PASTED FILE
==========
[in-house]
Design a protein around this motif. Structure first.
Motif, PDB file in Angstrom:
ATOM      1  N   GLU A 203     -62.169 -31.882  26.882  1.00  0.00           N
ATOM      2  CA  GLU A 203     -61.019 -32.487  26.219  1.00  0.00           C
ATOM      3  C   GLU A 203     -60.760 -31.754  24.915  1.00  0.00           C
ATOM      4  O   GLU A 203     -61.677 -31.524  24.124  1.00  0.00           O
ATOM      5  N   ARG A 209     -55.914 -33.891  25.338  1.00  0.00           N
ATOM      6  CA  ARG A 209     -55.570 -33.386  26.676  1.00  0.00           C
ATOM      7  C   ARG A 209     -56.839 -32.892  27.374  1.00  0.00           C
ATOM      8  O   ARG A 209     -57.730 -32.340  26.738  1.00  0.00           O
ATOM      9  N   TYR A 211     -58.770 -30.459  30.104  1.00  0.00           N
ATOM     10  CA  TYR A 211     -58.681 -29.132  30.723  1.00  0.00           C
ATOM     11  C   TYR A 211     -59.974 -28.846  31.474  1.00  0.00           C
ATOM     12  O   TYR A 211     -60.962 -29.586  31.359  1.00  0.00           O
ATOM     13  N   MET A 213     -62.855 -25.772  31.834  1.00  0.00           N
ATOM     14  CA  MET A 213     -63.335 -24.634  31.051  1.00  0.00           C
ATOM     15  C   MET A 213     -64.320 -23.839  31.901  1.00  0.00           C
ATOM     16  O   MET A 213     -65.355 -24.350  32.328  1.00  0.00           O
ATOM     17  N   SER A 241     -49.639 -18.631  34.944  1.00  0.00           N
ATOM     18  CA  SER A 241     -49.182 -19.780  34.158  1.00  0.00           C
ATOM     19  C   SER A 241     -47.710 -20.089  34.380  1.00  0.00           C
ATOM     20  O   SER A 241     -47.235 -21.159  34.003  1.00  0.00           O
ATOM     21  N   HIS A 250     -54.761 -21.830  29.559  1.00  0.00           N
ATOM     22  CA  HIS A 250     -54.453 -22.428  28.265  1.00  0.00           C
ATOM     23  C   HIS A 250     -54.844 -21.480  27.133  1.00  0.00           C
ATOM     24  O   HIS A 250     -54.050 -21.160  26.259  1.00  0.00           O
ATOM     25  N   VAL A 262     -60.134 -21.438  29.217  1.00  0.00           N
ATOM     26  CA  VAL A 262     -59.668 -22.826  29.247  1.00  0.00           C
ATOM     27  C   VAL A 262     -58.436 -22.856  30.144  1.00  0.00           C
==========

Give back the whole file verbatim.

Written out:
[in-house]
Design a protein around this motif. Structure first.
Motif, PDB file in Angstrom:
ATOM      1  N   GLU A 203     -62.169 -31.882  26.882  1.00  0.00           N
ATOM      2  CA  GLU A 203     -61.019 -32.487  26.219  1.00  0.00           C
ATOM      3  C   GLU A 203     -60.760 -31.754  24.915  1.00  0.00           C
ATOM      4  O   GLU A 203     -61.677 -31.524  24.124  1.00  0.00           O
ATOM      5  N   ARG A 209     -55.914 -33.891  25.338  1.00  0.00           N
ATOM      6  CA  ARG A 209     -55.570 -33.386  26.676  1.00  0.00           C
ATOM      7  C   ARG A 209     -56.839 -32.892  27.374  1.00  0.00           C
ATOM      8  O   ARG A 209     -57.730 -32.340  26.738  1.00  0.00           O
ATOM      9  N   TYR A 211     -58.770 -30.459  30.104  1.00  0.00           N
ATOM     10  CA  TYR A 211     -58.681 -29.132  30.723  1.00  0.00           C
ATOM     11  C   TYR A 211     -59.974 -28.846  31.474  1.00  0.00           C
ATOM     12  O   TYR A 211     -60.962 -29.586  31.359  1.00  0.00           O
ATOM     13  N   MET A 213     -62.855 -25.772  31.834  1.00  0.00           N
ATOM     14  CA  MET A 213     -63.335 -24.634  31.051  1.00  0.00           C
ATOM     15  C   MET A 213     -64.320 -23.839  31.901  1.00  0.00           C
ATOM     16  O   MET A 213     -65.355 -24.350  32.328  1.00  0.00           O
ATOM     17  N   SER A 241     -49.639 -18.631  34.944  1.00  0.00           N
ATOM     18  CA  SER A 241     -49.182 -19.780  34.158  1.00  0.00           C
ATOM     19  C   SER A 241     -47.710 -20.089  34.380  1.00  0.00           C
ATOM     20  O   SER A 241     -47.235 -21.159  34.003  1.00  0.00           O
ATOM     21  N   HIS A 250     -54.761 -21.830  29.559  1.00  0.00           N
ATOM     22  CA  HIS A 250     -54.453 -22.428  28.265  1.00  0.00           C
ATOM     23  C   HIS A 250     -54.844 -21.480  27.133  1.00  0.00           C
ATOM     24  O   HIS A 250     -54.050 -21.160  26.259  1.00  0.00           O
ATOM     25  N   VAL A 262     -60.134 -21.438  29.217  1.00  0.00           N
ATOM     26  CA  VAL A 262     -59.668 -22.826  29.247  1.00  0.00           C
ATOM     27  C   VAL A 262     -58.436 -22.856  30.144  1.00  0.00           C